Some wanted to know how to criticise Israel in public without playing into the hands of those who regard Israel as just another oppressive country that needs to be condemned, and who are looking to quote Jewish voices in support. Others wanted to know the source of Jonathan’s information and whether there is support for his views within Israel. (All his information comes from the Israeli press itself). Some wanted to the speaker to comment on the position of Arab Christians and of Israeli Arabs. The issue of the surrounding Arab nations, each with their own problems (“The pre-occupied territories”) was mentioned. Another topic was what to do about the settlers, who are scarcely settlers any more but economic migrants living in large well-established cities. The 22% 78% split was also questioned, as to whether Gaza was included and whether perhaps a 3 state solution might be on the cards.
It was impossible to deal with all the points in detail but the speaker did his best. When asked whether 22% included Gaza he was not sure – this would have to be checked. He had deliberately avoided Gaza which would be a whole other talk. The22% would not have to be all the current area beyond the Green Line. The boundaries could be re-drawn so as to include some of the larger Israeli settlements within Israel, and transfer some predominantly Arab parts of Israel to Palestine, such as the Triangle, although this was controversial. The end result might be that 70,000 hard line settlers would have to choose whether to move back into Israel or to be a Jewish minority in a Palestinian State. In discussing the One– State Solution, which used to be the preferred Palestinian approach, meaning the end of the Jewish State, Jonathan informed us that there are now Israelis who favour such a solution, mainly from the far right of Likud,and he named some names. Tacitly these politicians think that the problem of the Palestinians will be solved by making their lives hard– they would not necessarily be given a vote and they might well decide to emigrate as many have already done. But there are other softer voices who would be prepared to take a risk and give everyone the vote in a single State, leaving the demographic time-bomb to work itself out as it may.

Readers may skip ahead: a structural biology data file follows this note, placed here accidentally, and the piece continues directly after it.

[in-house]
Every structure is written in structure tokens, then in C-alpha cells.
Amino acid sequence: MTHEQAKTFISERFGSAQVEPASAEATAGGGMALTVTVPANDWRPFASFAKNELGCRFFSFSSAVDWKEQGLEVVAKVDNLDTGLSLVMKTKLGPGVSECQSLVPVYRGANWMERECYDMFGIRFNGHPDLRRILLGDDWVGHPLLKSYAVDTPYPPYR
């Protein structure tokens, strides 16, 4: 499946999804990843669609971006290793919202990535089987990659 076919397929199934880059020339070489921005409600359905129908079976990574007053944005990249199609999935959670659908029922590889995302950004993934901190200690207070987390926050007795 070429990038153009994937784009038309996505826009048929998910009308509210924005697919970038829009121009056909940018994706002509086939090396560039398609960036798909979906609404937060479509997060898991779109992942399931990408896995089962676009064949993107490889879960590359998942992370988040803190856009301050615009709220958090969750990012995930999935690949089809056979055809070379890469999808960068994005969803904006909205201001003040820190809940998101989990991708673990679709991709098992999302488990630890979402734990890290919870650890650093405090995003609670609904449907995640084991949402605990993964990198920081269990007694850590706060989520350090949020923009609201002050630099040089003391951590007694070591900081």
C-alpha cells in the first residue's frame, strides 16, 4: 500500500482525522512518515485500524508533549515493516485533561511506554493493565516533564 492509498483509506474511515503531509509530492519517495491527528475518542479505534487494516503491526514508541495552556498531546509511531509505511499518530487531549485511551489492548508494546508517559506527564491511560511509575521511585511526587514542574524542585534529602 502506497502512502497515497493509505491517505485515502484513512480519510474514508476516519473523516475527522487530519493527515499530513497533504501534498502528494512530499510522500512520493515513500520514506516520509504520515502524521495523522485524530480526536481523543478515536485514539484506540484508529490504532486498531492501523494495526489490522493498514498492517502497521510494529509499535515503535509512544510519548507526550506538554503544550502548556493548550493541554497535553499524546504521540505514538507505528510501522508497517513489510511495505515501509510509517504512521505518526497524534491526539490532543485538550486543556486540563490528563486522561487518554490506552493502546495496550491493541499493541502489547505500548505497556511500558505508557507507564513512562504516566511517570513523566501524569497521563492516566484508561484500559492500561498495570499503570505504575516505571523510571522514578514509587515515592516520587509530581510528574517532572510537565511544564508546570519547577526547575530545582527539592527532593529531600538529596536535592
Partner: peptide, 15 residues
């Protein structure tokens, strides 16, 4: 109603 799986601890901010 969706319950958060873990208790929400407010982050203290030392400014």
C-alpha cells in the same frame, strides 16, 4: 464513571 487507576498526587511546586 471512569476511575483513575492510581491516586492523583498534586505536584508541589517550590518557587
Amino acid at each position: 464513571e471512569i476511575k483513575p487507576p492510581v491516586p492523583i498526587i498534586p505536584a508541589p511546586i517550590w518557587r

The trickiest question of how to speak out without playing into the hands of those who would happily do away with ‘The Zionist Project’ was answered by saying that in practice one always knows who are ones friends. Jonathan Freedland will not lend his support to those who deny Israel’s right to exist.
Tying up the loose end with which he started, Jonathan clarified his views on the question of coming to terms with 1948. This would require some form of change in the ceremonials of Zionism to make it easier for the Arabs to accept the State. For example it is uncomfortable that Israel’s only Arab Supreme Court judge cannot sing Hatikvah, as it does not express his hopes and aspirations. It is uncomfortable that Israel Independence Day in no way acknowledges the effect on Palestinians of what they call The Naqba. And it is difficult to accept that400 former pre-48 Arab villages lie in ruins without a memorial, many built over with new Jewish facilities. For some reason the late Ariel Sharon used to call Israeli places by their Arab place names. Why was that?
The session could have gone on a lot longer with so many unanswered questions but time constraints meant that it had to end. It was a privilege to hear such an eminent journalist at first hand on this topic so critical to the hearts and minds of Jews. The event proved a perfect prelude to the Lit’s 125thanniversary event.
Report of the main event Enlightening Jews Day conference, Boroughmuir High School, Sunday 30 March 2014, 0945-1800 To follow.
Micheline Brannan and others